Daniel Day-Lewis (My Left Foot, There Will Be Blood) won his third Oscar for his convincing portrait of America’s 16th president during the final months of the Civil War. Lincoln is a decades-long pet project for director Steven Spielberg, who chose Angels in America scribe Tony Kushner to make Doris Kearns Goodwin’s book Team of Rivals: The Political Genius of Abraham Lincoln the foundation for the film’s screenplay. The result is not a traditional biopic as the title suggests, but rather a close examination of the challenges and complications Lincoln and congressional Republicans met while trying to pass the 13th Amendment — legally ending slavery in the United States.
Anyone expecting Civil War re-enactments or melodramatic depictions of family strife may be disappointed. These are merely backdrop in Lincoln. Although Day-Lewis does have dramatic confrontations with Sally Field and Joseph Gordon-Levitt, playing his wife and son, the film never loses its focus on the political game Lincoln is playing. James Spader (Sex, Lies and Videotape) is well-cast as a secret operative trying to woo reluctant congressmen to the cause with sometimes comic results. Tommy Lee Jones (The Fugitive) is a stand-out in the colorful role of Thaddeus Stevens, a radical Republican who does not hesitate to verbally eviscerate his political challengers in debate.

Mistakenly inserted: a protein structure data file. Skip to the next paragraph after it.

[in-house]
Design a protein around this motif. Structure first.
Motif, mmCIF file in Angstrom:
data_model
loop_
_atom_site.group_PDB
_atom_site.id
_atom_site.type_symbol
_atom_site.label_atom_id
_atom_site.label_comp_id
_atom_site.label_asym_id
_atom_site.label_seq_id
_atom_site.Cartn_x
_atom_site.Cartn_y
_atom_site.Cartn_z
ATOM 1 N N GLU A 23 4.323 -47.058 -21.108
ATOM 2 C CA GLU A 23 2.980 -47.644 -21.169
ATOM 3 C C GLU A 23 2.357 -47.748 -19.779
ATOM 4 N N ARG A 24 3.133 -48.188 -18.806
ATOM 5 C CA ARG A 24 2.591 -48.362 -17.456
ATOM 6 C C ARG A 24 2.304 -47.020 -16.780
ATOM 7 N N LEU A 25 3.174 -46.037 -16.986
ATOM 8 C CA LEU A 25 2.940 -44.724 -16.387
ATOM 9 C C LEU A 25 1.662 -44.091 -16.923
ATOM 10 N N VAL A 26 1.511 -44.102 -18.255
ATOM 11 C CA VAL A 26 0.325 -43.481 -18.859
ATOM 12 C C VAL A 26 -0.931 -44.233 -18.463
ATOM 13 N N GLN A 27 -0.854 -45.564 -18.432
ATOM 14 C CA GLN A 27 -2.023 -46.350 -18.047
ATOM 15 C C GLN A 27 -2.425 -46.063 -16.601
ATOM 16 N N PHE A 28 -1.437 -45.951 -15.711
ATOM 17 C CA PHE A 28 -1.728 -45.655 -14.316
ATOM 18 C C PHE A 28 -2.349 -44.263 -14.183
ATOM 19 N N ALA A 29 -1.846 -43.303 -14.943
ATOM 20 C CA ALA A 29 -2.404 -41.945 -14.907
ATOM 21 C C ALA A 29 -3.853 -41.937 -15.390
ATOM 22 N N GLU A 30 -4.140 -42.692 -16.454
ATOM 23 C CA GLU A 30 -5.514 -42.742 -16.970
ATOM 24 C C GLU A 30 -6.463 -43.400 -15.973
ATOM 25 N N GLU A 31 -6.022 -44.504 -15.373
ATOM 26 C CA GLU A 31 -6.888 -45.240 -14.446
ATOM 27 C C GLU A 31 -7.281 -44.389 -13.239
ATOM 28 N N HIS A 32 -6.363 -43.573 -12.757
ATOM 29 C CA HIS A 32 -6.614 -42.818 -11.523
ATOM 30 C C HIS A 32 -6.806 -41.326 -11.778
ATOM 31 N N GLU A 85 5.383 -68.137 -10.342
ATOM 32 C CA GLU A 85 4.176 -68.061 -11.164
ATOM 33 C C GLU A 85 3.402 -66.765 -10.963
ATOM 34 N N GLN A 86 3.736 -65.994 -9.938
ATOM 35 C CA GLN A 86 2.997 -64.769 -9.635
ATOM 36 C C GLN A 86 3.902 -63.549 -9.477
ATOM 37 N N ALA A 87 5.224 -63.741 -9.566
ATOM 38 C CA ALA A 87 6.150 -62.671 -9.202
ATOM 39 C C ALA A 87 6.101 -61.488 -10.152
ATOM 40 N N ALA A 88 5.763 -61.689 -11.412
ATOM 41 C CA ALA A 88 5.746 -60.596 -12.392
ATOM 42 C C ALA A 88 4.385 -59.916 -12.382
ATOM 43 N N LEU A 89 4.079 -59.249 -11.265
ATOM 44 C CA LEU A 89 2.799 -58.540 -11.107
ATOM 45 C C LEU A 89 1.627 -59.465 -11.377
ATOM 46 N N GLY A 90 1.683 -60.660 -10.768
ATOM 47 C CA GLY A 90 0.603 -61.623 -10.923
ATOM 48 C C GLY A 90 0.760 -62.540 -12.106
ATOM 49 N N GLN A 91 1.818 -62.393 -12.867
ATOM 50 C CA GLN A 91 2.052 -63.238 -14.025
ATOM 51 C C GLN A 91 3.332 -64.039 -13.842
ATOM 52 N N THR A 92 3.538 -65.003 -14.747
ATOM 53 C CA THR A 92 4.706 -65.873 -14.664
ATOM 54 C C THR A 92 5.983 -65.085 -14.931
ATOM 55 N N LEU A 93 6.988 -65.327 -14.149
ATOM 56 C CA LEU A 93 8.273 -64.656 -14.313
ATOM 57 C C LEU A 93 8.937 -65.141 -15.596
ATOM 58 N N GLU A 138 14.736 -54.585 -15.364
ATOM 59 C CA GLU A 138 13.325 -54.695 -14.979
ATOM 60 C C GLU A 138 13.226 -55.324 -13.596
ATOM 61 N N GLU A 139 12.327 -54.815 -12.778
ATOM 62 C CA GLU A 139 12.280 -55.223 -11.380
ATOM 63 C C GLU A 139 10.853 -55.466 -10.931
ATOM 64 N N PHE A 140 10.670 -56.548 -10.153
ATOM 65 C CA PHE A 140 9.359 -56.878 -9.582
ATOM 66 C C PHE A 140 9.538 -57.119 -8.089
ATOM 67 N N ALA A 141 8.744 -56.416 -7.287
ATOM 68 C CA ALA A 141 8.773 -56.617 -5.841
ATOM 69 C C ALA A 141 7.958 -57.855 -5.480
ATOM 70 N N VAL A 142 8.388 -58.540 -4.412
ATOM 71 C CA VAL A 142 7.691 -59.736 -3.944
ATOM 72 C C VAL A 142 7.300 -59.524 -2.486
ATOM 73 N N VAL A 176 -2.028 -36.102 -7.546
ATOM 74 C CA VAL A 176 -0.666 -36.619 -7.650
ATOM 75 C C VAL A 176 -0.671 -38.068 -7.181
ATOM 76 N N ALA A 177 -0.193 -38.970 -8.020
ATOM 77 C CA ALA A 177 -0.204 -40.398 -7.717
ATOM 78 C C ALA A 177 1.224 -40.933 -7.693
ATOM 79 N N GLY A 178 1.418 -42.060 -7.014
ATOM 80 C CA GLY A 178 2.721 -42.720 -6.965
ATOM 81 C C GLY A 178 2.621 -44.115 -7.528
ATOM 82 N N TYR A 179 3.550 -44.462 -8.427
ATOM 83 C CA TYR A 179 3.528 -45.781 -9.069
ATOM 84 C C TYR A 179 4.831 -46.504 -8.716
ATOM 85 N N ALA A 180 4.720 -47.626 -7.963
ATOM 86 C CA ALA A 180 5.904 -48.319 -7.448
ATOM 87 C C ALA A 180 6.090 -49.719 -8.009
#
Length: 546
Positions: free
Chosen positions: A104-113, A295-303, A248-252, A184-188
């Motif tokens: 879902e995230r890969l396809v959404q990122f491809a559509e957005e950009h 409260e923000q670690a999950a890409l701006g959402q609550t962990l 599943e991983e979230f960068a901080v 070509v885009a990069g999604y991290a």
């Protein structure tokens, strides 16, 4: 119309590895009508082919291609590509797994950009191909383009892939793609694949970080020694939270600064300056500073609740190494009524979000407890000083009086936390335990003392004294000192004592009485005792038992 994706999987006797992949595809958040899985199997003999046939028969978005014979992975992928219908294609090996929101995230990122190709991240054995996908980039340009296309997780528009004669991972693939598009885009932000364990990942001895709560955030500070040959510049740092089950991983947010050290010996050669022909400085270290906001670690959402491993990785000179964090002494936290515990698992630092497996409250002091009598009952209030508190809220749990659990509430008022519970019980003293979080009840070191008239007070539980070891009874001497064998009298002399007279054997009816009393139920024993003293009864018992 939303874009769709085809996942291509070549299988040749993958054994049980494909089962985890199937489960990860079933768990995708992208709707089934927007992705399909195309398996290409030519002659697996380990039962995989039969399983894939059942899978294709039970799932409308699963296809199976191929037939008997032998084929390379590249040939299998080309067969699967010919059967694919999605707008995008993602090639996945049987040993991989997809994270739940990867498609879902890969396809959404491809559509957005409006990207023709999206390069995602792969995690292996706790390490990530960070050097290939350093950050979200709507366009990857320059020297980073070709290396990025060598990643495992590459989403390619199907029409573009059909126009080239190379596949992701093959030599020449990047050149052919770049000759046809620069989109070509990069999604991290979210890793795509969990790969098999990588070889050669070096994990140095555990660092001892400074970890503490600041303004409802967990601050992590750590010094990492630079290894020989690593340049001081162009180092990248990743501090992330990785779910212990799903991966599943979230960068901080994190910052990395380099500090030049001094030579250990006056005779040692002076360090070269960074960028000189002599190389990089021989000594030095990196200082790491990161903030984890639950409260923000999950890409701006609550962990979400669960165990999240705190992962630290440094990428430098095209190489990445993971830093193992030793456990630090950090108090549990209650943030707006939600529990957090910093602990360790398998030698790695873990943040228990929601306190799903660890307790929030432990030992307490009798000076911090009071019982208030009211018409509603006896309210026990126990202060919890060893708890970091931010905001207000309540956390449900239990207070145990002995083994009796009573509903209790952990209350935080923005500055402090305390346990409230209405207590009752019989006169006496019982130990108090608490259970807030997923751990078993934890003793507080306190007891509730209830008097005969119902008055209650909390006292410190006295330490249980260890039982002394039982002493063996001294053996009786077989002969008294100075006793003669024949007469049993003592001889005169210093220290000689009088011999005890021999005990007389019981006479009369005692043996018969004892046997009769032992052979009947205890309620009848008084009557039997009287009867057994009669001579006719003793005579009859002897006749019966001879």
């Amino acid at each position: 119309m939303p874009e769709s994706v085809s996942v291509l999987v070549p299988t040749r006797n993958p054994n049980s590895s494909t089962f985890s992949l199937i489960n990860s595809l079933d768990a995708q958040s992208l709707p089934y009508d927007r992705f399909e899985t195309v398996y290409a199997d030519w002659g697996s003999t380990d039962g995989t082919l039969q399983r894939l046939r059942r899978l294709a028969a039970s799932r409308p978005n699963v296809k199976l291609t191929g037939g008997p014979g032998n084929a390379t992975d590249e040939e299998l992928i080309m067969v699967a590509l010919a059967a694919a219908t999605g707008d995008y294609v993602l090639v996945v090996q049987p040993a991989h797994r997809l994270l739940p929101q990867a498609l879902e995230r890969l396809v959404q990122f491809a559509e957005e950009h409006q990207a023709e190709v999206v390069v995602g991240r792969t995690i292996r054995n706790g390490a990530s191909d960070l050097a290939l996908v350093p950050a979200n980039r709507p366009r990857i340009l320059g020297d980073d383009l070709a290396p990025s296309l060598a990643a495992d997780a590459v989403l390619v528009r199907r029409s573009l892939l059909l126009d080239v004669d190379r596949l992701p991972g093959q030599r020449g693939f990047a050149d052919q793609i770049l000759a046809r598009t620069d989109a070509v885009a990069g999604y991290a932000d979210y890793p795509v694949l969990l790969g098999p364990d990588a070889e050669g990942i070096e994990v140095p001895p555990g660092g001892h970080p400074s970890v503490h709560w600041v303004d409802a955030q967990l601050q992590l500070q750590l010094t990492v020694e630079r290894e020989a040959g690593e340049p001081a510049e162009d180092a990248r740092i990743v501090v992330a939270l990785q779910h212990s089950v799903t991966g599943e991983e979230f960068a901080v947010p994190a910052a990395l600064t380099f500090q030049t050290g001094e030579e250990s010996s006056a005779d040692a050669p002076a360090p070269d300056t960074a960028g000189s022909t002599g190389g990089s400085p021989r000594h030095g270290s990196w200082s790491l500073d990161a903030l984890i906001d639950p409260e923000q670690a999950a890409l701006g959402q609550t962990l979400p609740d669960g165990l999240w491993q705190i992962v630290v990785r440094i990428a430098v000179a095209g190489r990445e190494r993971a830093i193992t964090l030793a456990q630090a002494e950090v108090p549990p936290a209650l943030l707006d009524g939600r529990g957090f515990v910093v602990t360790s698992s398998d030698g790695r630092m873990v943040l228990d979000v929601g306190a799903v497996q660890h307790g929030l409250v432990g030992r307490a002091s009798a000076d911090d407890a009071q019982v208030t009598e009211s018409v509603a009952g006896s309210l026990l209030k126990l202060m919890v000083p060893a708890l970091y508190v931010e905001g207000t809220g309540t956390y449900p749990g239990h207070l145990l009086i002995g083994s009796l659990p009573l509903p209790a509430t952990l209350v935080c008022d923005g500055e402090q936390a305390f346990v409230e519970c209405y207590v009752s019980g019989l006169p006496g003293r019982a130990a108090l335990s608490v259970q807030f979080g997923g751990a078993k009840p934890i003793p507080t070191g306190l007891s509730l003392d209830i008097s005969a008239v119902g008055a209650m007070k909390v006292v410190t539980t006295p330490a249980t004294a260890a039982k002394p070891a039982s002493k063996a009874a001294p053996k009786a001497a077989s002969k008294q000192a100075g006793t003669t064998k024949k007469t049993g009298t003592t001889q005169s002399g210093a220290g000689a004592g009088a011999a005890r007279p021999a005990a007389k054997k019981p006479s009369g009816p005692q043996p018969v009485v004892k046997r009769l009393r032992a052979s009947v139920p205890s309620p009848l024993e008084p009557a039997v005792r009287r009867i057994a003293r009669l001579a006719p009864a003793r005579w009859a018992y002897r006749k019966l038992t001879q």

While I knew some of the major points of Lincoln’s presidency, the Civil War, and abolition, I did not know how intricately tied these subjects were — especially that ending the war too soon might actually prevent abolition from happening. That this history lesson isn’t a dry one is a testament first to Spielberg and Kushner, who pull off a remarkably streamlined and focused piece of storytelling. Not enough credit can be given to Day-Lewis and Jones, either. Their stirring, sophisticated performances bring humor, heart, and humanity to the piece.
With David Strathairn, Hal Holbrook, John Hawkes, Jackie Earle Haley, and Lee Pace.
Academy Awards: Best Actor (Daniel Day-Lewis), Production Design
Oscar Nominations: Best Picture, Supporting Actor (Tommy Lee Jones), Supporting Actress (Sally Field), Director, Adapted Screenplay (Tony Kushner), Cinematography, Film Editing, Costume Design, Original Score, Sound Mixing